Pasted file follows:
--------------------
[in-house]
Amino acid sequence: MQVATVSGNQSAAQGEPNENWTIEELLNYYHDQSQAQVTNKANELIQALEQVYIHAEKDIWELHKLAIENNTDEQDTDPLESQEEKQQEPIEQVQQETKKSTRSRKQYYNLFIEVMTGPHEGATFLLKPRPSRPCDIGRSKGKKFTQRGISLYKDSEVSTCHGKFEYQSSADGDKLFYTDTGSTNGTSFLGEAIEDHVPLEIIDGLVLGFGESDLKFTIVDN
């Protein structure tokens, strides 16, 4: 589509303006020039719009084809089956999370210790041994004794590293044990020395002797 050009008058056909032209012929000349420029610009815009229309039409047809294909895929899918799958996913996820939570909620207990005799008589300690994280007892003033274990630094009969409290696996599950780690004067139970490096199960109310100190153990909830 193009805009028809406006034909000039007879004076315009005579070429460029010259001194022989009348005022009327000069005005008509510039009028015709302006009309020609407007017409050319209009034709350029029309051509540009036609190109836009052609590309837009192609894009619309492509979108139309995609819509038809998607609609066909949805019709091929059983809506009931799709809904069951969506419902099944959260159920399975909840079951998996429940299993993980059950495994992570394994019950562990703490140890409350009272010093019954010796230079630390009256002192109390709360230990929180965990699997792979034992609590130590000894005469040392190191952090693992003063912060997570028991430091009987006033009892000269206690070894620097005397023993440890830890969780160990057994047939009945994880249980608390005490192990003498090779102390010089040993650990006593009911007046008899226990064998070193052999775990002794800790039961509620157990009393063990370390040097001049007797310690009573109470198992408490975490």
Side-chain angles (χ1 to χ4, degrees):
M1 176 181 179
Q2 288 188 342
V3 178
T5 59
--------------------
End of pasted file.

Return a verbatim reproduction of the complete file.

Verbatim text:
[in-house]
Amino acid sequence: MQVATVSGNQSAAQGEPNENWTIEELLNYYHDQSQAQVTNKANELIQALEQVYIHAEKDIWELHKLAIENNTDEQDTDPLESQEEKQQEPIEQVQQETKKSTRSRKQYYNLFIEVMTGPHEGATFLLKPRPSRPCDIGRSKGKKFTQRGISLYKDSEVSTCHGKFEYQSSADGDKLFYTDTGSTNGTSFLGEAIEDHVPLEIIDGLVLGFGESDLKFTIVDN
């Protein structure tokens, strides 16, 4: 589509303006020039719009084809089956999370210790041994004794590293044990020395002797 050009008058056909032209012929000349420029610009815009229309039409047809294909895929899918799958996913996820939570909620207990005799008589300690994280007892003033274990630094009969409290696996599950780690004067139970490096199960109310100190153990909830 193009805009028809406006034909000039007879004076315009005579070429460029010259001194022989009348005022009327000069005005008509510039009028015709302006009309020609407007017409050319209009034709350029029309051509540009036609190109836009052609590309837009192609894009619309492509979108139309995609819509038809998607609609066909949805019709091929059983809506009931799709809904069951969506419902099944959260159920399975909840079951998996429940299993993980059950495994992570394994019950562990703490140890409350009272010093019954010796230079630390009256002192109390709360230990929180965990699997792979034992609590130590000894005469040392190191952090693992003063912060997570028991430091009987006033009892000269206690070894620097005397023993440890830890969780160990057994047939009945994880249980608390005490192990003498090779102390010089040993650990006593009911007046008899226990064998070193052999775990002794800790039961509620157990009393063990370390040097001049007797310690009573109470198992408490975490």
Side-chain angles (χ1 to χ4, degrees):
M1 176 181 179
Q2 288 188 342
V3 178
T5 59